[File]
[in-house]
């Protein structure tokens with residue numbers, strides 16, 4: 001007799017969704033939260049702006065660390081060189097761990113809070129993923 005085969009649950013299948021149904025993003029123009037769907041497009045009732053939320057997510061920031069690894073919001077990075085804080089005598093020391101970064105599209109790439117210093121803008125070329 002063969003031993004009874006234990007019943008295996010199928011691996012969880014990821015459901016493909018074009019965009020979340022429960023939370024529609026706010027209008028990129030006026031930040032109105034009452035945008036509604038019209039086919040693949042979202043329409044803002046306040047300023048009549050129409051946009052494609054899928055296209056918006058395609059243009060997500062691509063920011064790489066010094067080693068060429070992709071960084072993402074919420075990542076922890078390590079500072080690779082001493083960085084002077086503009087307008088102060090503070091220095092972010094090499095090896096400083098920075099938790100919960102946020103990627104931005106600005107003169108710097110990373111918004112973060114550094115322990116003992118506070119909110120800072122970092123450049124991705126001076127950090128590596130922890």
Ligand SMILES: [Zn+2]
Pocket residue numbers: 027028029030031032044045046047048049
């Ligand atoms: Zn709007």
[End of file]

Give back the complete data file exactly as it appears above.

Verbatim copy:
[in-house]
């Protein structure tokens with residue numbers, strides 16, 4: 001007799017969704033939260049702006065660390081060189097761990113809070129993923 005085969009649950013299948021149904025993003029123009037769907041497009045009732053939320057997510061920031069690894073919001077990075085804080089005598093020391101970064105599209109790439117210093121803008125070329 002063969003031993004009874006234990007019943008295996010199928011691996012969880014990821015459901016493909018074009019965009020979340022429960023939370024529609026706010027209008028990129030006026031930040032109105034009452035945008036509604038019209039086919040693949042979202043329409044803002046306040047300023048009549050129409051946009052494609054899928055296209056918006058395609059243009060997500062691509063920011064790489066010094067080693068060429070992709071960084072993402074919420075990542076922890078390590079500072080690779082001493083960085084002077086503009087307008088102060090503070091220095092972010094090499095090896096400083098920075099938790100919960102946020103990627104931005106600005107003169108710097110990373111918004112973060114550094115322990116003992118506070119909110120800072122970092123450049124991705126001076127950090128590596130922890």
Ligand SMILES: [Zn+2]
Pocket residue numbers: 027028029030031032044045046047048049
């Ligand atoms: Zn709007």